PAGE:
For example, the authors argue, if a home insurance company could use A.I. to make better predictions about a customer’s risk profile—which the authors argue is “a near-perfect application” for A.I.—the marketing department could target those customers that have a lower likelihood of filing a claim and thus cost less to the company over time.
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However, what if a company were to think even more outside the box and not only predict which customers might have losses but actually help their members lower their risk? Indeed, the insurance industry may very well be ”on the verge of a seismic, tech-driven shift,” in the words of a 2021 McKinsey report, which states that we’re moving in a direction in which “insurance will shift from its current state of ‘detect and repair’ to ‘predict and prevent,’ transforming every aspect of the industry in the process.”
“Judgment is your assessment of the cost in the case of a mistake in the prediction.”
Ajay Agrawal, co-author ‘Power of Prediction’
As Agrawal explains to The Workback, if an insurance company was able to make better predictions about which homes are at greater risk of dangers, such as an electrical fire, it could create a whole new approach: offer those customers the option of installing devices in their homes that use sensors to collect data about their risk of fire. This data can then be used to make early warning predictions that enable interventions. The company would share the information they collect with customers to help the latter avoid causing fires and offer them a lower premium in exchange for their cooperation.
While devices like Ting can already monitor fire risk, linking such a tool to a person’s insurance premium would be a major development for the industry — effectively shifting from transferring risk to mitigating it. It would allow a company to attract more customers, pay fewer claims, and enjoy higher profits while providing a valuable benefit to society.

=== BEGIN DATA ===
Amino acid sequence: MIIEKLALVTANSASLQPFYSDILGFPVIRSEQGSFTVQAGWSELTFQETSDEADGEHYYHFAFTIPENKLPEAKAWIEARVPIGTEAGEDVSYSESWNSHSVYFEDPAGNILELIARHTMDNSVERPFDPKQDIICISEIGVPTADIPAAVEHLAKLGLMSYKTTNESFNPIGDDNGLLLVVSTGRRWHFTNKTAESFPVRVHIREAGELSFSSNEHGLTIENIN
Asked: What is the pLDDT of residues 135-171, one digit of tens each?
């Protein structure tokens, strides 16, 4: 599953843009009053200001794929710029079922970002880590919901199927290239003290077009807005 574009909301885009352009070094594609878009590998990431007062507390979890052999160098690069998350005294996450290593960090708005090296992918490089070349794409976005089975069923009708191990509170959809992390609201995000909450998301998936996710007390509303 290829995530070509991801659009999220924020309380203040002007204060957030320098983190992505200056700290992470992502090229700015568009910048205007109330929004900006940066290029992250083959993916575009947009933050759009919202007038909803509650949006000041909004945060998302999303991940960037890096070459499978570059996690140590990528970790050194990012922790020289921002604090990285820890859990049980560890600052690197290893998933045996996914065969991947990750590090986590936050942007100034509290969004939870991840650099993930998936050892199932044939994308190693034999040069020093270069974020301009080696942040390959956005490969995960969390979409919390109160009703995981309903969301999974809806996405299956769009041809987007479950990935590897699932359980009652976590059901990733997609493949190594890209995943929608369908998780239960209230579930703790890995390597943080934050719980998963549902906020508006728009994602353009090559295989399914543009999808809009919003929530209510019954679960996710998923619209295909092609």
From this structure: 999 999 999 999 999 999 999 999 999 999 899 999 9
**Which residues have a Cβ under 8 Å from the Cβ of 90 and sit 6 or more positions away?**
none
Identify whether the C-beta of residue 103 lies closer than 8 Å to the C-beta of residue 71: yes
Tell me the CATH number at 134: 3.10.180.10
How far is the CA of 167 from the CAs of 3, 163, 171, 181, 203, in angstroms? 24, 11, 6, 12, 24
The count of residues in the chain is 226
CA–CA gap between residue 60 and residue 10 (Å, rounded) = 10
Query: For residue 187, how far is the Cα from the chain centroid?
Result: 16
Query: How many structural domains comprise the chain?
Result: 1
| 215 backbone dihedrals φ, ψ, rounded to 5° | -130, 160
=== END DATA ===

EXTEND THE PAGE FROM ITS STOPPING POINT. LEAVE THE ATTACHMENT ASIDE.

Of course, no prediction is perfect, so you have to consider what will happen if the one you’re working with is wrong. That’s where human judgment comes in. Put simply, if the prediction we generate through A.I. is wrong, how bad is that outcome?
“Judgment is your assessment of the cost in the case of a mistake in the prediction,” explains Agrawal.
A basic example of this judgment step would be using a weather report to decide whether to wear a rain jacket. If you do carry one based on a report of rain, but the report turns out to be wrong, you may have worn a hot rain jacket all day for no reason. How “costly” that decision was is subjective: It depends on how annoying you find it to sweat through a raincoat on a humid day.
Agrawal explains that if you’re predicting the risk of fire for a particular home, you might:
- Wrongly predict their risk is high, and spend unnecessary money on sending them a monitoring device.
- Wrongly predict their risk is low, and choose not to send them a device. If their house does catch on fire, you might have to file a claim that could’ve been avoided.
In the future, such monitoring could be even more complex and extend to behavioral risks, like frying with oil (currently a major cause of house fires that insurance companies have no clear way of predicting or preventing), but each would raise their own questions and potential.
Ultimately, the goal of the exercise is to figure out whether the benefits of an A.I.-generated prediction being right are higher than the costs of it being wrong. With a clear-eyed understanding of that gamble, you can move confidently into uncharted territory. Companies that do so well will define the future of their industries.
Regardless of the business you’re in, the authors of Power and Prediction say the exercise will work best if you adopt a “blank slate” approach. In other words, try to imagine how things could be if you were starting from scratch.
Only then can you see the true potential of A.I. and work through how to implement it wisely.